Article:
(change in planet's orbit)
Planetary migration is a change in a planet's orbit,
either smooth migration from interaction with a
protoplanetary disk (planet-disk interaction,
gas disk migration or just disk migration) or planetesimals,
or violent migration, due to close encounters or collisions
of planets (planet-planet scattering).
The former is classified
by the underlying mechanism as follows:
- Type I migration is due to torque created by interaction with spiral density waves the planet creates in a disk. Planets of terrestrial mass can be moved this way. Timescale is on the order of 100 million years to migrate from 1 AU into the star so it is almost too efficient, e.g., it seems like it could undercut theories of planet formation since it would seem to destroy Earth and analogous planets on formation.
- Type II migration is due to interaction with material filling a disk gap formed by the planet. Planets with more than 10 Earth masses can move this way and it is a way hot Jupiter can be positioned.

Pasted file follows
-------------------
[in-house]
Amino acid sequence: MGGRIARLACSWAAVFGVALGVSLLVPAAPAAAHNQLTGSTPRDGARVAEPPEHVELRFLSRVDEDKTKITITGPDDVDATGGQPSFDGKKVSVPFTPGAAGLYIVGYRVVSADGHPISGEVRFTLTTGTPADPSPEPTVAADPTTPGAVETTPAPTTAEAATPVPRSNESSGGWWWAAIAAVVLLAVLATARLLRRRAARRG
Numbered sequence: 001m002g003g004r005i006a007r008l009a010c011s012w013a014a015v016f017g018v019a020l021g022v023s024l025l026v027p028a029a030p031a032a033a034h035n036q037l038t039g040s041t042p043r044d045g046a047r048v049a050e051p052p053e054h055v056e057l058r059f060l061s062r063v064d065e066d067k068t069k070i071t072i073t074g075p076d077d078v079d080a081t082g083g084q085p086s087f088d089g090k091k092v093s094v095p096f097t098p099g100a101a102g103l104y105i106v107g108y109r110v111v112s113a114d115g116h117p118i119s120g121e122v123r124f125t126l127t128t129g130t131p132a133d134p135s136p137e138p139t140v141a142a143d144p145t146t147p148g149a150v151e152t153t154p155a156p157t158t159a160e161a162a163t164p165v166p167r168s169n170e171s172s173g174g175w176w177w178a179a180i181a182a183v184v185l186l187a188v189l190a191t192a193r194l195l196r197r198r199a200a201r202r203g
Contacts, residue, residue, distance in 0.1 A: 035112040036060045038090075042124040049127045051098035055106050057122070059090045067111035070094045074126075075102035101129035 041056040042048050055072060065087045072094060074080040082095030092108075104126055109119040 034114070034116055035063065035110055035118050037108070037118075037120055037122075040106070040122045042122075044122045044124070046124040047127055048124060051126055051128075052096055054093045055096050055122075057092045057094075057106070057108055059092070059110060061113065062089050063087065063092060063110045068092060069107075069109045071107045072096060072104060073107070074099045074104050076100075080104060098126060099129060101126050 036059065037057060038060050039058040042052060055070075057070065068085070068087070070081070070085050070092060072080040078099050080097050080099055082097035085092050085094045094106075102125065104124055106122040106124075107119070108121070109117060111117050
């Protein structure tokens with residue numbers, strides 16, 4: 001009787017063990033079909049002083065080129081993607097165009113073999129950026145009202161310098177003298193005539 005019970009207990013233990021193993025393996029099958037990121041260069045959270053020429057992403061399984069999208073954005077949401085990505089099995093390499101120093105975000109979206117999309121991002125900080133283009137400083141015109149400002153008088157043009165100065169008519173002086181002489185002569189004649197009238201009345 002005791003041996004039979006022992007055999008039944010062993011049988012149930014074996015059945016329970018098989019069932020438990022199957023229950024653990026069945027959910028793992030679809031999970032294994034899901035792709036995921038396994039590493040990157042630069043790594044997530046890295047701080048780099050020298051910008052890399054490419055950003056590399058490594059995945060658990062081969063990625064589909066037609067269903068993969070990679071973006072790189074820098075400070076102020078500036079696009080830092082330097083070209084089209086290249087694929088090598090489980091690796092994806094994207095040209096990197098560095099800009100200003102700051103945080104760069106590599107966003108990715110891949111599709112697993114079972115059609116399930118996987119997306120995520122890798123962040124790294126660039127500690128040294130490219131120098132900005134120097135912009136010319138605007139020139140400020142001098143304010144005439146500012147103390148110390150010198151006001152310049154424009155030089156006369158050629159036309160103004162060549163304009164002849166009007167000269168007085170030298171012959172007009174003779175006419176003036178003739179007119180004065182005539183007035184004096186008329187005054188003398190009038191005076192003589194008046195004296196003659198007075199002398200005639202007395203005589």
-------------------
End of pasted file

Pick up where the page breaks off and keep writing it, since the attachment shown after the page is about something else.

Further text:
- Type III migration is due to interaction with large-scale vortices within the disk.
Planet-planet scattering (gravitational scattering)
seems necessary to explain observed orbital inclinations,
which include misalignment between planetary orbits
and stellar rotation, and even retrograde orbits.
Smaller inclinations might be ascribed to a tilt of the star or a tilt
of the disk by some unknown means.
In simulations, planet scattering has produced larger inclinations,
including a coplanar flip.
Referenced by pages:
equilibrium condensation model
late heavy bombardment (LHB)
magnetorotational instability (MRI)